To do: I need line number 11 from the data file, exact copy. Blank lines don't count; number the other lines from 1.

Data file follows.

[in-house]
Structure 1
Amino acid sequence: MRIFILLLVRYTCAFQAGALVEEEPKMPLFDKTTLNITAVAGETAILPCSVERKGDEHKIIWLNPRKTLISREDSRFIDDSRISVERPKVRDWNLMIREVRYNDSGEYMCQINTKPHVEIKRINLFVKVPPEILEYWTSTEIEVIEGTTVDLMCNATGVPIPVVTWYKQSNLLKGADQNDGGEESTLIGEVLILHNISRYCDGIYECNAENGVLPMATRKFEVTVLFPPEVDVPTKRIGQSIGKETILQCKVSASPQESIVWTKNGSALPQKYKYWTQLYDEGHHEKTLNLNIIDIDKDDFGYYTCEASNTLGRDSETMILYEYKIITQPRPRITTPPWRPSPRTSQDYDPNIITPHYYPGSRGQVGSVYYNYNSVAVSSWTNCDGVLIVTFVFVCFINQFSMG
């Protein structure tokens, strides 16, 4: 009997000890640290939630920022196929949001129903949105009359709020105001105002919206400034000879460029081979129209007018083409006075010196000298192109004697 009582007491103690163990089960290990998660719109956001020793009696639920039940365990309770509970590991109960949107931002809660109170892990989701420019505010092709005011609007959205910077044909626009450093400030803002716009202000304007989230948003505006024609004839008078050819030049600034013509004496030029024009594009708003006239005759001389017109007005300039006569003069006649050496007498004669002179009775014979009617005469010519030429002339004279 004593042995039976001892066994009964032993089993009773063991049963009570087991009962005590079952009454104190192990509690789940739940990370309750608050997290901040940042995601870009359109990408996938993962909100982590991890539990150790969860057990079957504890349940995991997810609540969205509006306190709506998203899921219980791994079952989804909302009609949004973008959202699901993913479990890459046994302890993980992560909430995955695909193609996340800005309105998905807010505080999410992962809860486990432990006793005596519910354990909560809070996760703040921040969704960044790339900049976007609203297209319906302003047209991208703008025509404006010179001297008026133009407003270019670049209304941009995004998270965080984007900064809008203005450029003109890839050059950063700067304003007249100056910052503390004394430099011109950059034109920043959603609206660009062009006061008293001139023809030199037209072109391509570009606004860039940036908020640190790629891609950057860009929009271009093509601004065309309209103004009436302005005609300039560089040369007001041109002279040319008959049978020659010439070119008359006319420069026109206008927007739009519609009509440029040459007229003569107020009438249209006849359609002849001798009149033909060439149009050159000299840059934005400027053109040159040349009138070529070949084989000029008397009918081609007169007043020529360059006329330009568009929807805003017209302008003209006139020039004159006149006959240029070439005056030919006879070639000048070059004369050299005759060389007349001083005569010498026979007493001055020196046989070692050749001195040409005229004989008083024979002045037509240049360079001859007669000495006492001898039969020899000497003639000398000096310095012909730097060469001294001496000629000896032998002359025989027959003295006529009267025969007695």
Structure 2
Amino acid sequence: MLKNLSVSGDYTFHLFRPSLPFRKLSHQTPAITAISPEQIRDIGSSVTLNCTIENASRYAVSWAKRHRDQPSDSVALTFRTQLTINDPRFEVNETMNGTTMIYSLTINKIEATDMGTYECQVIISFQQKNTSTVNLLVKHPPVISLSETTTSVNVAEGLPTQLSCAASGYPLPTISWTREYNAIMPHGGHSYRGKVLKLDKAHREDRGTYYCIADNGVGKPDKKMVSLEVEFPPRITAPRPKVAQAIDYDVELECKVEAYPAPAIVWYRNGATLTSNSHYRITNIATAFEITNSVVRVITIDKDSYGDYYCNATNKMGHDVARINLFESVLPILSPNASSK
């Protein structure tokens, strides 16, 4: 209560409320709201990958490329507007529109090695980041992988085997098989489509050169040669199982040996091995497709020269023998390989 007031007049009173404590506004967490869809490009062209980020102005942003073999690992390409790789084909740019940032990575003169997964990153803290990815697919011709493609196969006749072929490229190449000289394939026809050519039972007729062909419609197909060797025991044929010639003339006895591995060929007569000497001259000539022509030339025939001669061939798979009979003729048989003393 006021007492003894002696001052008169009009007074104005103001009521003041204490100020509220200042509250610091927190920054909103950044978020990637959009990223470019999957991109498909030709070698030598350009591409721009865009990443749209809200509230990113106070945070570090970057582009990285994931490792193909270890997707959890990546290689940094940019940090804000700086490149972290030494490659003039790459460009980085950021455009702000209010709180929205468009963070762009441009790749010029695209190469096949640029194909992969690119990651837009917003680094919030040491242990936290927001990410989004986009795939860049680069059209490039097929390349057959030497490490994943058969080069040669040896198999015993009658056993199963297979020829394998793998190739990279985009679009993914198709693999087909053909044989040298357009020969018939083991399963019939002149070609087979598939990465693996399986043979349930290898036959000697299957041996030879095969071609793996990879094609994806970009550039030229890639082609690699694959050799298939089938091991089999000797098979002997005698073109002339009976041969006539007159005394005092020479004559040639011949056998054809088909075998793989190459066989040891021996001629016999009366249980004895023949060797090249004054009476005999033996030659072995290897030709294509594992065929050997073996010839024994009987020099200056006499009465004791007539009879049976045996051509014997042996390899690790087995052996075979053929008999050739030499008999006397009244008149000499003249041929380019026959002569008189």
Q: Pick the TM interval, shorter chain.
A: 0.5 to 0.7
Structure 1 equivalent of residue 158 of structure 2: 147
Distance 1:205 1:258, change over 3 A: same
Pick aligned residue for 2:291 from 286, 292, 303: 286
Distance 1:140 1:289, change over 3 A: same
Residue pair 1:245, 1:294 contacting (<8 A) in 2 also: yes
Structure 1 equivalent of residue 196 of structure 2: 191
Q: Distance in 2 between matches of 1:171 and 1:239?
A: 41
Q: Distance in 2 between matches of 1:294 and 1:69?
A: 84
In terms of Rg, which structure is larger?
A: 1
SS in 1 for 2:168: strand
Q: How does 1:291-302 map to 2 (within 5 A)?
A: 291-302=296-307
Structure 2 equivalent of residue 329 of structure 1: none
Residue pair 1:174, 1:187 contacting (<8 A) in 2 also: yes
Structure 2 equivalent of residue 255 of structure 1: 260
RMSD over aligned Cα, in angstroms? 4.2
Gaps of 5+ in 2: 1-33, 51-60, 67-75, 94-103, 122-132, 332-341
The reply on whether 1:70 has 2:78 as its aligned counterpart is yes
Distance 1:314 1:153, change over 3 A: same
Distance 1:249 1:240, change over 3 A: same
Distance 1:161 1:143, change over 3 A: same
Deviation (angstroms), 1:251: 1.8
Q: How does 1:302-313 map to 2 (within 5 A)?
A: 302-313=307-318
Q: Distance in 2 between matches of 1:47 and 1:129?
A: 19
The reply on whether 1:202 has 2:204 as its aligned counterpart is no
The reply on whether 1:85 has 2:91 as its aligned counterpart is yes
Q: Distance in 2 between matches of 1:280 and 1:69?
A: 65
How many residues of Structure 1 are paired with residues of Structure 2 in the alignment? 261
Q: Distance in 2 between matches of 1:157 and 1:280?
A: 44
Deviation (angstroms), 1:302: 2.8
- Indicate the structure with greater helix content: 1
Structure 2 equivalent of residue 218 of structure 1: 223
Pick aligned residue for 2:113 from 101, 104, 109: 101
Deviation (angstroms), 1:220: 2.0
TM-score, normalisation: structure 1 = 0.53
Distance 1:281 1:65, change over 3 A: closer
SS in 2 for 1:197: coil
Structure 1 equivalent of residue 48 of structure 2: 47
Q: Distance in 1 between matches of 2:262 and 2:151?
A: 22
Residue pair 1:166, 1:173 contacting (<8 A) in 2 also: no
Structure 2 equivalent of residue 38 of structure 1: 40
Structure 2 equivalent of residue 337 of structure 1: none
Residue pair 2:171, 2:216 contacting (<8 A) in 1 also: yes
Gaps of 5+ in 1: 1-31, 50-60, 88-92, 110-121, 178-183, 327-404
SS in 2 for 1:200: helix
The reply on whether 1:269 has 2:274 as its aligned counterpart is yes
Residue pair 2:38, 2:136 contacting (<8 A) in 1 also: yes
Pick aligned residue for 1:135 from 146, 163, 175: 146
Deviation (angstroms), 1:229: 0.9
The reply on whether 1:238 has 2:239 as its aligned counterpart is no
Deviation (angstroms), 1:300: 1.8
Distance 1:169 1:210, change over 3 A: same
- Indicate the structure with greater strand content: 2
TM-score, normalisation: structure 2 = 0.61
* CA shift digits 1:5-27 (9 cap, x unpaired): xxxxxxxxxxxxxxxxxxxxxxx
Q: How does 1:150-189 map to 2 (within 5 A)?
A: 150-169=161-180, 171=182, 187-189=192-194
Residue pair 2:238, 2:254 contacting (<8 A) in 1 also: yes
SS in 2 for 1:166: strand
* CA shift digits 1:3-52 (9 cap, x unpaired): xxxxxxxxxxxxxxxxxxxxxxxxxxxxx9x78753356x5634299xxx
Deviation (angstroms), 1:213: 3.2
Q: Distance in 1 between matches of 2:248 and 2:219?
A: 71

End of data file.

Distance 1:205 1:258, change over 3 A: same